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British Industrial History

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West Highland Railway

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This line linked Fort William on the west coast to Glasgow. Construction was authorised in 1889, with the Act of Parliament being passed on 12 August and construction starting 23 October. The following year the branch line to Banavie Pier was authorised. The line was publicly opened to Fort William on 7 August 1894.

The line was extended to Mallaig by means of the Mallaig Extension Railway. Authorisation was obtained on 31 July 1894 and the Mallaig Extension Railway opened on 1 April 1901.

The West Highland Railway was absorbed by the North British Railway on 21 December 1908. The North British Railway was then absorbed into the London and North Eastern Railway at the Grouping in 1923.

The West Highland Railway begins at Craigendoran Junction towards Garelochhead and emerging alongside the north-westerly shores of Loch Lomond; Significant points on the journey include Crianlarich, an important Highland junction of both road and rail where the line crosses - and is linked to - the Callander and Oban Railway, and Tyndrum, the smallest place in Scotland to boast two railway stations. After Tyndrum, the line climbs onto the Rannoch Moor. The station at Corrour on the moor is one of the most remote stations in Britain. Carrying on northwards, the final stop before Fort William is Spean Bridge. A branch line was constructed from Fort William to Banavie Pier at the southern end of the Caledonian Canal.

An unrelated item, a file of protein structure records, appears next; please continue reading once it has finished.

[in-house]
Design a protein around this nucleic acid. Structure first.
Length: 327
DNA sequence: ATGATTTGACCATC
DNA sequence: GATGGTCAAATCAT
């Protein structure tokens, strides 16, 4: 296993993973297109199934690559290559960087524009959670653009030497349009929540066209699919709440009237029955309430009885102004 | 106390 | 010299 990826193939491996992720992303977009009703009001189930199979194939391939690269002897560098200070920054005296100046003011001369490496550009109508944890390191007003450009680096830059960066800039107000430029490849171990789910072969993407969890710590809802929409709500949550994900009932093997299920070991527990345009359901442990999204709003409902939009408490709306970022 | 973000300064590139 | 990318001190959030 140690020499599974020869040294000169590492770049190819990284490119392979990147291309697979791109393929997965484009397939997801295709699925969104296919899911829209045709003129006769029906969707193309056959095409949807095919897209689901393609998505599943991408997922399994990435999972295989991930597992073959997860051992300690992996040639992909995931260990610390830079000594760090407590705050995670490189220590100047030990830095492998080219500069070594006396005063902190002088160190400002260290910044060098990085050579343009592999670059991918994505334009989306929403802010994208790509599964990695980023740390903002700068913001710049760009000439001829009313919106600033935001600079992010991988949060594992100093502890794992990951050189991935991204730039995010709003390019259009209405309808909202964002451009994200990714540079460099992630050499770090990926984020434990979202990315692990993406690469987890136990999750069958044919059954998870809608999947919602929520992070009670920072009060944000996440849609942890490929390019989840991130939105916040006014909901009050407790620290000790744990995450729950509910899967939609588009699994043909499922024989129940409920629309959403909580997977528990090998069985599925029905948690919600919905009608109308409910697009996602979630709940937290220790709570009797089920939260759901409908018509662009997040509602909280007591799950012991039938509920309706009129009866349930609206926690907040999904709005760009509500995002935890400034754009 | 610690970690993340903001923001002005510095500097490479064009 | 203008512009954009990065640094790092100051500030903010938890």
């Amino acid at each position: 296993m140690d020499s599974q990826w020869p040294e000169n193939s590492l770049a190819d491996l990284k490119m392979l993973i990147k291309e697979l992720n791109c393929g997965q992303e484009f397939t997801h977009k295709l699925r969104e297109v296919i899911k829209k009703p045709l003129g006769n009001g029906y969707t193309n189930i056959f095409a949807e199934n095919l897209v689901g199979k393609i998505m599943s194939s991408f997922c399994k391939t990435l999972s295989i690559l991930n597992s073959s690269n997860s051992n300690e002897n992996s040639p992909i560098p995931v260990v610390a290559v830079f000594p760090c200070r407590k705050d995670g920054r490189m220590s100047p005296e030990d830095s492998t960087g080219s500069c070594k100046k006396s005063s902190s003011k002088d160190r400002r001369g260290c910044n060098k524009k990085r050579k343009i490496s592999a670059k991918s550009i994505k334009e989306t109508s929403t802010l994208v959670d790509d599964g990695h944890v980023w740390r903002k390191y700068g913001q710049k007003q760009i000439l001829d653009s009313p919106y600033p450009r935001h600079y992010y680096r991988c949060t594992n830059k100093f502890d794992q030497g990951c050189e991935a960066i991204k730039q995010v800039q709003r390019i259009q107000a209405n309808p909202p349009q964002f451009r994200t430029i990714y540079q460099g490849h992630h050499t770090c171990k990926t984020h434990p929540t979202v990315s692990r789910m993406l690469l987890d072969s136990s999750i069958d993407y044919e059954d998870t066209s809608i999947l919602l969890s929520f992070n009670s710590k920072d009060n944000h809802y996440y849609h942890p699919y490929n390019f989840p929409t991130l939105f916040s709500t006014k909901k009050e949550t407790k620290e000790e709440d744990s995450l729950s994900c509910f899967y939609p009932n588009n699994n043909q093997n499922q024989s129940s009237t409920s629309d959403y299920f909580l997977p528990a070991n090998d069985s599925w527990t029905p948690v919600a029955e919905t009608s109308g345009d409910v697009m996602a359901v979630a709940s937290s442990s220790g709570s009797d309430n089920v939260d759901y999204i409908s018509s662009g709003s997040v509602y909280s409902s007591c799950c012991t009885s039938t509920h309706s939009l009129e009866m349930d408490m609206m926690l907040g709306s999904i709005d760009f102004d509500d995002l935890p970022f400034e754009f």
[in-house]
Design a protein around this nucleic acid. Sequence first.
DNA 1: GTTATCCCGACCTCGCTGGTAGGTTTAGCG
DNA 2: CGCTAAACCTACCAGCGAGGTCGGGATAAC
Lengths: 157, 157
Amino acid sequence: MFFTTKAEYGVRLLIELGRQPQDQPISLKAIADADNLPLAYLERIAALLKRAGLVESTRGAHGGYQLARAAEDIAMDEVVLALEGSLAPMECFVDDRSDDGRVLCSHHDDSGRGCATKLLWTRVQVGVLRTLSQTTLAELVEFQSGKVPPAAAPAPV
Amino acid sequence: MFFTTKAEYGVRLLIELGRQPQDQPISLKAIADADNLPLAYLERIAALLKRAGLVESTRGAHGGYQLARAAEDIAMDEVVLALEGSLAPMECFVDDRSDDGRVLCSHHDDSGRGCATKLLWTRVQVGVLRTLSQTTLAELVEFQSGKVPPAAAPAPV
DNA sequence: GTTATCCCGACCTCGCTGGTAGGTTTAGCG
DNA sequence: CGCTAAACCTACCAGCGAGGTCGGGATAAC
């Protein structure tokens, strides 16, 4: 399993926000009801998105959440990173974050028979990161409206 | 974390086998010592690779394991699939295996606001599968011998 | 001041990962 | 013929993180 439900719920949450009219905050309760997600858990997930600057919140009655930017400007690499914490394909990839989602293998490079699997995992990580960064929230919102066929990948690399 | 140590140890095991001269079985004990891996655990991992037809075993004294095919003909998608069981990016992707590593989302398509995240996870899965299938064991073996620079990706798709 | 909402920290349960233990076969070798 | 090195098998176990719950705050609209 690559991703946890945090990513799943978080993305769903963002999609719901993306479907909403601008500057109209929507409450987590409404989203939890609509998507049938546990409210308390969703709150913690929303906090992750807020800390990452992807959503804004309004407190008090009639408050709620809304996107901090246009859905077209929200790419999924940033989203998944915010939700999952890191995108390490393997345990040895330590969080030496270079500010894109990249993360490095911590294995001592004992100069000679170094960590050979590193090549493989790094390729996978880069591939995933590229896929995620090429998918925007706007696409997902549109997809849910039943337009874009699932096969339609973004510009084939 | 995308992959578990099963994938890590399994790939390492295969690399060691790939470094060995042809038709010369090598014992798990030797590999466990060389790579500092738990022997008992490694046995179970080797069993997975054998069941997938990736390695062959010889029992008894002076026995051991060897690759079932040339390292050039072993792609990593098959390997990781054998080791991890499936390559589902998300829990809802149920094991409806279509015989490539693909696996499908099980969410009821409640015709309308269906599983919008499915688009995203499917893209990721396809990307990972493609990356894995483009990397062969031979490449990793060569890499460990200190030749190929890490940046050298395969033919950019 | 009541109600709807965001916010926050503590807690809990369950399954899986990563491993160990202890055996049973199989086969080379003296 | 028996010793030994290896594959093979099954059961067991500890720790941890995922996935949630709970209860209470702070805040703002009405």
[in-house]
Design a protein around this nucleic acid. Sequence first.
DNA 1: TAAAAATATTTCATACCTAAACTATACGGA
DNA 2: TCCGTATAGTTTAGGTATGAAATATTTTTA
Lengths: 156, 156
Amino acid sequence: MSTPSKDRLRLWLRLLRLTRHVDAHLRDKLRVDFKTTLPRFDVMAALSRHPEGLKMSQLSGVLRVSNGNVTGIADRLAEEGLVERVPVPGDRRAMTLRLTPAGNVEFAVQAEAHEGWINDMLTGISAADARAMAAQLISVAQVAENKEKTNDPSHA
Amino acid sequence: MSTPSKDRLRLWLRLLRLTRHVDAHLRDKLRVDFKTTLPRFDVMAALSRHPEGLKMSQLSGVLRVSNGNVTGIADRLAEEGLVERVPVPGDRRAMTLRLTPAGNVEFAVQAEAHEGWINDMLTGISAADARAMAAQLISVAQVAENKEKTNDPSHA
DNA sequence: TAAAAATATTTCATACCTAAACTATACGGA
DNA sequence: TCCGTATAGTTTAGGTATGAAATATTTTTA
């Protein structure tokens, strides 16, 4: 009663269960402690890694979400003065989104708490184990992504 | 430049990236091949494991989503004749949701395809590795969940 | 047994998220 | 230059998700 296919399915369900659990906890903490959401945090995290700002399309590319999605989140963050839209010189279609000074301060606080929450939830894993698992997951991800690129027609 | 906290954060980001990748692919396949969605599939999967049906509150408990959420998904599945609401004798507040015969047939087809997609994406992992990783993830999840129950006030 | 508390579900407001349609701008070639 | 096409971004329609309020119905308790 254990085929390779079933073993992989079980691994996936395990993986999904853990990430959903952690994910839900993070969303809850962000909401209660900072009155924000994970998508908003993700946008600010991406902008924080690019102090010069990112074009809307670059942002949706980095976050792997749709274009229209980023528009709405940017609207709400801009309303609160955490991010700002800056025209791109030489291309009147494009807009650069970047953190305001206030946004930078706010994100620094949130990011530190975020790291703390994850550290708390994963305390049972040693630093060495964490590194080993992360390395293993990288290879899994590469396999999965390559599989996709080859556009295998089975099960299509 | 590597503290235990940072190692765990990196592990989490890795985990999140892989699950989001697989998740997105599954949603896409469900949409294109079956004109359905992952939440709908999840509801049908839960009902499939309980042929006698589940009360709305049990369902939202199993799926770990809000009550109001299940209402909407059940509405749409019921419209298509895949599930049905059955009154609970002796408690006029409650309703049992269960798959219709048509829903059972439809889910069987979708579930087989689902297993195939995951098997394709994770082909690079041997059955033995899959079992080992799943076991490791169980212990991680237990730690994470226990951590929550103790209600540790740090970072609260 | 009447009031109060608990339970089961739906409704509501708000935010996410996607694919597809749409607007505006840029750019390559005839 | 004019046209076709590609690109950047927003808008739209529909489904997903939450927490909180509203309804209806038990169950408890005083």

Connections to other railways

Apart from the last section of the Banavie Branch, and several of the southern stations, the line is still open, being operated by First ScotRail as part of the West Highland Line services (which also encompasses services to Oban and Mallaig)


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